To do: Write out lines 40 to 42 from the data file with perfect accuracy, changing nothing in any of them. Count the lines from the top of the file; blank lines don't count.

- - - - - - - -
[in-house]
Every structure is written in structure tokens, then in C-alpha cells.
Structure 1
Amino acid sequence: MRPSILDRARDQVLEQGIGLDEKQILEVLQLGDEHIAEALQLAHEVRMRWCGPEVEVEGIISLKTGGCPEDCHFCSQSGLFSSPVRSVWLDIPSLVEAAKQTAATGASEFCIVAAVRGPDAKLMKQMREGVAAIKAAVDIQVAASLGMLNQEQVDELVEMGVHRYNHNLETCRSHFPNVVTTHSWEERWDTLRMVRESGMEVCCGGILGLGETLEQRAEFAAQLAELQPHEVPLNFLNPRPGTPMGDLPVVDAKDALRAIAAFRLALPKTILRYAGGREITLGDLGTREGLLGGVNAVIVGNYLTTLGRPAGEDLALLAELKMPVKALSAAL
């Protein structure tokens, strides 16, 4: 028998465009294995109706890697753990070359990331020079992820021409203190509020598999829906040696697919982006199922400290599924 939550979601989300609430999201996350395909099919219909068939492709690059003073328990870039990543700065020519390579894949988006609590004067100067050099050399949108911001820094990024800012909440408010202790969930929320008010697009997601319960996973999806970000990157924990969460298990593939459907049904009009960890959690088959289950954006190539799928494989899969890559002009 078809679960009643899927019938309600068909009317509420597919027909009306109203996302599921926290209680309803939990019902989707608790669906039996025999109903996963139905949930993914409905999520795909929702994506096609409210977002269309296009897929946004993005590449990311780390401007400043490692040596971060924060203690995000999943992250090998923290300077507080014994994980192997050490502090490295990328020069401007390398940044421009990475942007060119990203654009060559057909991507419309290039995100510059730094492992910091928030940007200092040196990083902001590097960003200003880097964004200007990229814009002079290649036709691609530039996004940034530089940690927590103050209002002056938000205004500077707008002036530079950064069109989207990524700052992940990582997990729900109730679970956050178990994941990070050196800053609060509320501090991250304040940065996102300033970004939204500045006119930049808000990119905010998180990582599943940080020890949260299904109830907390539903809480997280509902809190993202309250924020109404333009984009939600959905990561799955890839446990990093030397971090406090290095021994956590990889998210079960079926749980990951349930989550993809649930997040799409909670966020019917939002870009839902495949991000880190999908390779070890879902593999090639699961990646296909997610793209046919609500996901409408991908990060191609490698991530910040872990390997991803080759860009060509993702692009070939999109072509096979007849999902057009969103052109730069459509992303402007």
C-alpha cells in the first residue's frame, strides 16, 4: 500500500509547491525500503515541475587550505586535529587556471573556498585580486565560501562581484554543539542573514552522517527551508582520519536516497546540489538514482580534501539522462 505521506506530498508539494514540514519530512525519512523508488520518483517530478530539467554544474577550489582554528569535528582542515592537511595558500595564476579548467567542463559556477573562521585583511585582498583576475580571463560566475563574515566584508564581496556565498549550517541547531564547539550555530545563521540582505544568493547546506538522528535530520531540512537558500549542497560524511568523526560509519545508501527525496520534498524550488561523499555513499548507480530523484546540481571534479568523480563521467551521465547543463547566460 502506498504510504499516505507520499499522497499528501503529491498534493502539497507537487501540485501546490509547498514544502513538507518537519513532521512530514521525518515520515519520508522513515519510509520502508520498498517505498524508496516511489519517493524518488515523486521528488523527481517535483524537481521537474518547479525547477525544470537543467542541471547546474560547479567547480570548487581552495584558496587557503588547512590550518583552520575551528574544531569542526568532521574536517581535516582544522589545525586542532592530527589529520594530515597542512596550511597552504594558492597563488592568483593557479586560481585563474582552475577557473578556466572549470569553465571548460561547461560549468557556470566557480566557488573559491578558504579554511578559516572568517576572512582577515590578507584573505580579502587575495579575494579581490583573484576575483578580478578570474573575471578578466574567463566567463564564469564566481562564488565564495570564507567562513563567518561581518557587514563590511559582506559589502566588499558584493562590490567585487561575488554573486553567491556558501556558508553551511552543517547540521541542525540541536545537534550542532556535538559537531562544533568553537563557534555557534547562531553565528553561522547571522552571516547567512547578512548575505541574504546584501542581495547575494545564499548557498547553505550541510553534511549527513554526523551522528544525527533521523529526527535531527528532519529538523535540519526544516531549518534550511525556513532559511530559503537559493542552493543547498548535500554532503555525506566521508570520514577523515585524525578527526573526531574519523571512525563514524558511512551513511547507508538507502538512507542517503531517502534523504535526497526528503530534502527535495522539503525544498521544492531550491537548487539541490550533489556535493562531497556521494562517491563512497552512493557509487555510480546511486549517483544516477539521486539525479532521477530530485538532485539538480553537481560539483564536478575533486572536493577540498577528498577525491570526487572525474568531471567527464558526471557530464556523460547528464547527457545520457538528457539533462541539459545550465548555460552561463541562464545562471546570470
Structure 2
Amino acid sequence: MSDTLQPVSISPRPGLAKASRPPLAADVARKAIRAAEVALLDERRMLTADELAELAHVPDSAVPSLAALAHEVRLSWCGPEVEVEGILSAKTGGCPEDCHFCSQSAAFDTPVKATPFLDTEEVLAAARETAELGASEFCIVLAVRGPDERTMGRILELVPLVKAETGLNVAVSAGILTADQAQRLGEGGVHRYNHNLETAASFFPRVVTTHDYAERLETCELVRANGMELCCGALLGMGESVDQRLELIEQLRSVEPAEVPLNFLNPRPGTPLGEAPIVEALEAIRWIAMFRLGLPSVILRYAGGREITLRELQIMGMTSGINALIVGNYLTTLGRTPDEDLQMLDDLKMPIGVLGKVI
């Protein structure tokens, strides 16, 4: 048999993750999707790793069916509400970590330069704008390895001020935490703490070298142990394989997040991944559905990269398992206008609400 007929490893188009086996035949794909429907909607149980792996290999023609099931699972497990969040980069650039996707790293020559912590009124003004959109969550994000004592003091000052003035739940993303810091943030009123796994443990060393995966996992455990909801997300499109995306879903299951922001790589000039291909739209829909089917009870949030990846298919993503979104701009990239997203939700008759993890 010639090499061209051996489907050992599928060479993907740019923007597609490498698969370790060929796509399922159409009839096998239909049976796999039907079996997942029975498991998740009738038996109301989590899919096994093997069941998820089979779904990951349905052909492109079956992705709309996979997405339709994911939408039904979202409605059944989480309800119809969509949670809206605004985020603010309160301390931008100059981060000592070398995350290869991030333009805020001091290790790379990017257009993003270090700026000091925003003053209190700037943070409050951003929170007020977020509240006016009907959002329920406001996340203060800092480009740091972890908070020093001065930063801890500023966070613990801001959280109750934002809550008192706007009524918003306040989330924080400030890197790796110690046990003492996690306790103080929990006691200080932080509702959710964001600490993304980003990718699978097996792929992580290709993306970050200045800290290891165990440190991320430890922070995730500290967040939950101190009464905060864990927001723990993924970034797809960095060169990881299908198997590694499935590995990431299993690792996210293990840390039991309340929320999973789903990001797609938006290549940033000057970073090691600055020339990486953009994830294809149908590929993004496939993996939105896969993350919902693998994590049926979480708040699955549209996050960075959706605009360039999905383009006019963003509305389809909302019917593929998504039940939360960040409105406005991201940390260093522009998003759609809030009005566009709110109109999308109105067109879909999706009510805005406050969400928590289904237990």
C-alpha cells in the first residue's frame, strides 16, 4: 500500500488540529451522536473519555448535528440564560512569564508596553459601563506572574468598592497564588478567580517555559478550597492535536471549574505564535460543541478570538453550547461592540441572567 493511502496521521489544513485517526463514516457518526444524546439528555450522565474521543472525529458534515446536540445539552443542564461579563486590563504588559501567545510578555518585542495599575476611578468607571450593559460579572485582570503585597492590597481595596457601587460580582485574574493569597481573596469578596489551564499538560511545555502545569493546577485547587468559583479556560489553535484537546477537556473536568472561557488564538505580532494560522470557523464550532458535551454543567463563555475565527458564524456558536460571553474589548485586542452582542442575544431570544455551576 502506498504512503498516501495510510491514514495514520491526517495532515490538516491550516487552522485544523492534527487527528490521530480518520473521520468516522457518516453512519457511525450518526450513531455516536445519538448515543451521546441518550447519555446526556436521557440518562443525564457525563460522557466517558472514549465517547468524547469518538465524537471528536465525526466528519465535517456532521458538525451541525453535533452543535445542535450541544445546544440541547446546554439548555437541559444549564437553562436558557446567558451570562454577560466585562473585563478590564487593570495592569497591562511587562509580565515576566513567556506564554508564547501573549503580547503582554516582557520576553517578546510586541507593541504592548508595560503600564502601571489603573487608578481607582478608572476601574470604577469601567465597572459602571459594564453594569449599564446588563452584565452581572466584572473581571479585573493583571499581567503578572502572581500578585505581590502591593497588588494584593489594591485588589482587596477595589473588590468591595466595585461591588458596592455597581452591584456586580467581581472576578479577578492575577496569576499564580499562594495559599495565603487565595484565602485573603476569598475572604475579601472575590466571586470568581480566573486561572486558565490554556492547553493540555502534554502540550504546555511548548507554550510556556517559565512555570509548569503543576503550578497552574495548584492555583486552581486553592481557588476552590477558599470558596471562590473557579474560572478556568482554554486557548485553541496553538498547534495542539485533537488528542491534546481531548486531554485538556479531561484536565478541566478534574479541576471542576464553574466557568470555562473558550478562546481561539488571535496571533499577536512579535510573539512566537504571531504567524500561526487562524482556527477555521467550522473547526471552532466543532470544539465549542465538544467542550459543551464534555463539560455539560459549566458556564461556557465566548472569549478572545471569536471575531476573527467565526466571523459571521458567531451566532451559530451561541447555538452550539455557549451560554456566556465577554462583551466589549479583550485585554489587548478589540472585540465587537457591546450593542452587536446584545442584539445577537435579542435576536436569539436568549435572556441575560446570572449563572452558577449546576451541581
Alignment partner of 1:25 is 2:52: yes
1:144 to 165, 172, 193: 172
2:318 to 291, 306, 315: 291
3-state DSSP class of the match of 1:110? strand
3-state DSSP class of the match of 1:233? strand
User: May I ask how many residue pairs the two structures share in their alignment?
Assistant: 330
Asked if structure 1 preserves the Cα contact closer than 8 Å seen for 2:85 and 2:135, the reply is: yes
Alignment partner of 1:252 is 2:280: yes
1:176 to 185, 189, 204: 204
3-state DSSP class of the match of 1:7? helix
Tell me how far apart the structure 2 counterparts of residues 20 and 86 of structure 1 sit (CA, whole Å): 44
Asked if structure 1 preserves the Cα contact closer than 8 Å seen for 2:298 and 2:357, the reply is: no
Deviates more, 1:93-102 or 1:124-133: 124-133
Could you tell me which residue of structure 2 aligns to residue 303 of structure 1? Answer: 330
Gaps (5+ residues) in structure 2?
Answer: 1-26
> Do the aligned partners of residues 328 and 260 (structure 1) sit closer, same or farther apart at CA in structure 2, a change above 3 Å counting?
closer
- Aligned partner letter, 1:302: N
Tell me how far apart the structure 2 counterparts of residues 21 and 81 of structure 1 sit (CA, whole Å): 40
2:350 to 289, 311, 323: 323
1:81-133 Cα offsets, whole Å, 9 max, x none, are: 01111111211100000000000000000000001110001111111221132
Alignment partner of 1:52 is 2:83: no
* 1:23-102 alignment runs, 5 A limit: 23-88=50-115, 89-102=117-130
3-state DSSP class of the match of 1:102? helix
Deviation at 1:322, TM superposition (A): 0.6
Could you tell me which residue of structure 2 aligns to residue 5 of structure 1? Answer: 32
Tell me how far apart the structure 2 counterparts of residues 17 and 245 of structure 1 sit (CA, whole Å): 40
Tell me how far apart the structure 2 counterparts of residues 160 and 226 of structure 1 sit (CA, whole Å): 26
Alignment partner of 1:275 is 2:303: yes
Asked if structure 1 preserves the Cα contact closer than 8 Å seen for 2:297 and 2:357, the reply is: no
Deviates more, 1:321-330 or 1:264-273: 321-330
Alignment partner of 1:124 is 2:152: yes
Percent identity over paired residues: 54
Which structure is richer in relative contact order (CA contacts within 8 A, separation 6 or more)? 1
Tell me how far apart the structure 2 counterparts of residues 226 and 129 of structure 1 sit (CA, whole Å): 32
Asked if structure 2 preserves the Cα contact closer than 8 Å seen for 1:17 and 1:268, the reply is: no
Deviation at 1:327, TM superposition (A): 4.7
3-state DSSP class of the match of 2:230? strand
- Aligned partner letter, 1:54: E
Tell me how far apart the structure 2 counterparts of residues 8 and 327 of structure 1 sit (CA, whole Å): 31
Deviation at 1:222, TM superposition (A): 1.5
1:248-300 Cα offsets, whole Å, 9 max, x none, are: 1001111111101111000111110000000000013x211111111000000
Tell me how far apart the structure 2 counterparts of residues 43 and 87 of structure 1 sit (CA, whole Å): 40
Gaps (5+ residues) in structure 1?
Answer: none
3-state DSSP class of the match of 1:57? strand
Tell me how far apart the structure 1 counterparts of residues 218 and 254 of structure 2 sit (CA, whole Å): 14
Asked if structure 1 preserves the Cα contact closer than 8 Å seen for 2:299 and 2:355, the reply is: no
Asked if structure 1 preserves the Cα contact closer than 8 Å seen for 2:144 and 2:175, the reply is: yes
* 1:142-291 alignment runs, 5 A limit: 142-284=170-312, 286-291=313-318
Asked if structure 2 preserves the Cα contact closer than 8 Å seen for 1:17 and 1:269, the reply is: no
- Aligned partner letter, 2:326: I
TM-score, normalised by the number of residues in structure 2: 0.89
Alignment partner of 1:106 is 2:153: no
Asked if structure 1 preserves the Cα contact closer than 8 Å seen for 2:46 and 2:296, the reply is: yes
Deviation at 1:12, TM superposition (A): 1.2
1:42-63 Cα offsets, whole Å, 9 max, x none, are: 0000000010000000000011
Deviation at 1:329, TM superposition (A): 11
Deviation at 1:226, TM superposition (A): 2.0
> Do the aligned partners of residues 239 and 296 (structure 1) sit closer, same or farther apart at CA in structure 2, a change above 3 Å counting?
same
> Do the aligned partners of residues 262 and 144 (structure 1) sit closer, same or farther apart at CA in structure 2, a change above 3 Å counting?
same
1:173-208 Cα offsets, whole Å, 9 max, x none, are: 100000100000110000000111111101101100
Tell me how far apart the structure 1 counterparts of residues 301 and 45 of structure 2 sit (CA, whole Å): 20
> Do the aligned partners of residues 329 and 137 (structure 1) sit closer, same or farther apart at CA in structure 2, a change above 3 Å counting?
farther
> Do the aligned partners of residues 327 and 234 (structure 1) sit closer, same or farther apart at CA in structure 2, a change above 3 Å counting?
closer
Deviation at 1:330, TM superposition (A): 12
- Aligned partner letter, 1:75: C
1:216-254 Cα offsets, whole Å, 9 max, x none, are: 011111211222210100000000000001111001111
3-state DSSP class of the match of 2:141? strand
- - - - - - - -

Tell me how far apart the structure 2 counterparts of residues 160 and 226 of structure 1 sit (CA, whole Å): 26
Alignment partner of 1:275 is 2:303: yes
Asked if structure 1 preserves the Cα contact closer than 8 Å seen for 2:297 and 2:357, the reply is: no